Bald Eagle


The bald eagle is the only eagle unique to North America. Its distinctive brown body and white head and tail make it easy to identify even from a distance. When flying the bald eagle very rarely flaps its wings but soars instead holding its wings almost completely flat. Its hooked bill legs and feet are yellow.


Bald eagle numbers in the U.S. were estimated to be between 300,000-500,000 in the 1700s. Numbers were once as low as 500 nesting pairs in the lower 48 states. Bald eagle numbers have rebounded since and now the lower 48 states boast over 5,000 nesting pairs. There are a total of about 70,000 bald eagles in the whole of North America Including Alaska and Canada.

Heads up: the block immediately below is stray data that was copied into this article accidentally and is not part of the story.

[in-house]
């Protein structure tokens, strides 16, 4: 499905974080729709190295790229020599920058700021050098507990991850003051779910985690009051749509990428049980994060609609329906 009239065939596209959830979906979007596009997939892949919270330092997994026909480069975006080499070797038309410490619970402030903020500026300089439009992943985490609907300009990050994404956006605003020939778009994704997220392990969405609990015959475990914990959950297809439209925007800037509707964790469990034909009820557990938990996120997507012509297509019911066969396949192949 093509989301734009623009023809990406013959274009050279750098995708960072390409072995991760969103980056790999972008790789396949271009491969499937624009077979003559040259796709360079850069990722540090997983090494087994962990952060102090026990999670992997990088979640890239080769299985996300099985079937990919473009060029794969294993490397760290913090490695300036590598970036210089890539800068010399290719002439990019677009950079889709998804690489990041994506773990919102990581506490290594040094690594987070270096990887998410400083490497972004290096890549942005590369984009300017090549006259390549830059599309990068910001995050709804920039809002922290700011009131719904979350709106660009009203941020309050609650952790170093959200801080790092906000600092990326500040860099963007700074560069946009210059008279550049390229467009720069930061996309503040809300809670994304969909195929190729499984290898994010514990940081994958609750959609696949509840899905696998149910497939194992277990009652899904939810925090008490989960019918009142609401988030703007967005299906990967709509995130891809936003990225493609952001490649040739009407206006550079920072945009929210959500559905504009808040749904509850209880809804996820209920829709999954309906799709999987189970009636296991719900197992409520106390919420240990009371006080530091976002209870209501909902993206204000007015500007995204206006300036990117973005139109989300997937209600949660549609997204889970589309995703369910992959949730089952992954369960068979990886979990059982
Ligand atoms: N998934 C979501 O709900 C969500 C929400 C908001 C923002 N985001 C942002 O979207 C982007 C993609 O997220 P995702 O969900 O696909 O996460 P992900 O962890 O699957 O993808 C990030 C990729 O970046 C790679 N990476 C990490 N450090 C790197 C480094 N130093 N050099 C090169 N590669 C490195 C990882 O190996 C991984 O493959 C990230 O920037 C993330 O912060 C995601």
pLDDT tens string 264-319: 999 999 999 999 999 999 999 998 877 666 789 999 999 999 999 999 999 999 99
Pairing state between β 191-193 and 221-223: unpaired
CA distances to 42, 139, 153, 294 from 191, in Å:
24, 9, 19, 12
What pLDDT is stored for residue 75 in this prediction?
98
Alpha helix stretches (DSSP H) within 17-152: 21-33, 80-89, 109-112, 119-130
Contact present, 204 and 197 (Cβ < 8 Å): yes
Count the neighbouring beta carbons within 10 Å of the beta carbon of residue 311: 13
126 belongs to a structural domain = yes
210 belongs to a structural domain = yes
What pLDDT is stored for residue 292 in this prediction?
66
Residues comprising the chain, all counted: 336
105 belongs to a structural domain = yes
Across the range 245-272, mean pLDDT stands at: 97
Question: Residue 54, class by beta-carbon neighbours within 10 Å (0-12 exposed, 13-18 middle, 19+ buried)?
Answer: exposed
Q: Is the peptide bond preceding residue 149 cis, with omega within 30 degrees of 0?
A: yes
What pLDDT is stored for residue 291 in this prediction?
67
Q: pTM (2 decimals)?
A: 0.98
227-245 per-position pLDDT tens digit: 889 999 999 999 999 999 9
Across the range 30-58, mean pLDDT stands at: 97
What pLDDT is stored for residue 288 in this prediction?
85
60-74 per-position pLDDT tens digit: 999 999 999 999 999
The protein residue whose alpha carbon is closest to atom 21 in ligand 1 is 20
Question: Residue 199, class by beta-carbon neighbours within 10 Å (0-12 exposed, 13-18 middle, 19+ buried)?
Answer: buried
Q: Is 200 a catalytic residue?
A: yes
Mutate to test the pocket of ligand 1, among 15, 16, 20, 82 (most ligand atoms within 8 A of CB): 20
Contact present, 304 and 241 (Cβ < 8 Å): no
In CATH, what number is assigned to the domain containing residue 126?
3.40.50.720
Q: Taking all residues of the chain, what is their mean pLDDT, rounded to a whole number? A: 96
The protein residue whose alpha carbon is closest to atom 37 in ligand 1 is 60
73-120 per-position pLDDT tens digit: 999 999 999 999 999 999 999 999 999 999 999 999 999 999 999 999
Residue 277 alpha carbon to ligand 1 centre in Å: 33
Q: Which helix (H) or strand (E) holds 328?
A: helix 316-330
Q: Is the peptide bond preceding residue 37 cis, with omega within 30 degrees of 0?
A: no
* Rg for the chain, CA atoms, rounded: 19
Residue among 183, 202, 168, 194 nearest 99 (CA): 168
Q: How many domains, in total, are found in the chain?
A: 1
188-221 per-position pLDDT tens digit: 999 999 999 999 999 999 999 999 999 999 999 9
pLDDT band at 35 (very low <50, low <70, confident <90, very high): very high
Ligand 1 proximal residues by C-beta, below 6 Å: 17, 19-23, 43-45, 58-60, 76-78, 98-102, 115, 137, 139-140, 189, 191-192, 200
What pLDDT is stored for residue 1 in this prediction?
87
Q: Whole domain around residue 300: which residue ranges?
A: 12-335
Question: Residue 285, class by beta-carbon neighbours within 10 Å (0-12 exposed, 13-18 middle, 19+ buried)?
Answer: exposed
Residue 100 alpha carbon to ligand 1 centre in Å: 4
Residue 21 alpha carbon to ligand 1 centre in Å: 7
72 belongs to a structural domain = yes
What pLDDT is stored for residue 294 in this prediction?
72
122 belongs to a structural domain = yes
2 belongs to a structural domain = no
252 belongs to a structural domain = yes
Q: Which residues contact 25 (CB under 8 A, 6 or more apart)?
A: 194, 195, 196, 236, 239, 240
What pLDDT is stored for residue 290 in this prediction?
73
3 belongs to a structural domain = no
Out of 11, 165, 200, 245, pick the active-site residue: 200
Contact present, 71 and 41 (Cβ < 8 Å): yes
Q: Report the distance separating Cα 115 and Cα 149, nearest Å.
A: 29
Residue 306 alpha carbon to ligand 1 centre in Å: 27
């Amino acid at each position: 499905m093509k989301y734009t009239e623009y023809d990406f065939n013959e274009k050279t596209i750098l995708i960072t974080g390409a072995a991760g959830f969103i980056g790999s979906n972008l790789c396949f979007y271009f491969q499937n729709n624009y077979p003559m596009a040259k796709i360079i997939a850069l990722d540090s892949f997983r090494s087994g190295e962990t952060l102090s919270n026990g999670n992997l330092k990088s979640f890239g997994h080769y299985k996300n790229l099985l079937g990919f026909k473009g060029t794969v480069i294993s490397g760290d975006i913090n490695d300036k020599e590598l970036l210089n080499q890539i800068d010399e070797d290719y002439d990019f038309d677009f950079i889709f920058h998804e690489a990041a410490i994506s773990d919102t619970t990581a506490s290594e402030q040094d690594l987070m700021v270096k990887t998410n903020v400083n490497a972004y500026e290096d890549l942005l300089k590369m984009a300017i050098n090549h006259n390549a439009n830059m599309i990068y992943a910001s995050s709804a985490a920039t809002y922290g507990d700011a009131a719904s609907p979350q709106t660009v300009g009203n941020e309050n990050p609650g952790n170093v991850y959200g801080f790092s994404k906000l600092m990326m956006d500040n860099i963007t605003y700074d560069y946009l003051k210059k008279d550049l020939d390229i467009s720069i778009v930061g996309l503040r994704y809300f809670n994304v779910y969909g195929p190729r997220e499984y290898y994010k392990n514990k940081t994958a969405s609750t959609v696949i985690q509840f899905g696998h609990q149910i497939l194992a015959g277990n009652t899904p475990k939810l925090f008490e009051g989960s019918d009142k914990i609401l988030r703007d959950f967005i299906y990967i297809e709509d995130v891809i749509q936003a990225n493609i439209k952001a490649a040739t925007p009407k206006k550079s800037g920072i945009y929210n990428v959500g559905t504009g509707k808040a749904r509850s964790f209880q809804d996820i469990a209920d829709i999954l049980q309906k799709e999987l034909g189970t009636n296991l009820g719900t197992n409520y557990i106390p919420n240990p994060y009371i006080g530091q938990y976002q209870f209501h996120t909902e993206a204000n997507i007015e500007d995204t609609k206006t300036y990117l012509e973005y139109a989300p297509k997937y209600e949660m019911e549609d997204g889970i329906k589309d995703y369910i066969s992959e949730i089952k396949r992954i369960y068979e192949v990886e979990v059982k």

The bald eagle is not picky about how it gets its food. It will eat carrionsteal fish from other birds or hunt for its own. Their most important non-carrion food is fish which they catch by swooping down and grabbing fish that are near the surface of the lake or stream.

Bald eagles make a high-pitched squeaking sound. Other interesting behaviors include talon clasping or cartwheel display where two eagles clasp each other’s talons in mid air and spin down letting go only when they’ve almost reached the ground.


Forty years ago, our national symbol was in danger of extinction throughout most of its range. Habitat destruction and degradation illegal shooting, and the contamination of its food source largely as a consequence of DDT decimated the eagle population.


Eagles primarily eat fish carrion smaller birds and rodents. Eagles are also known to prey on large birds and large fish.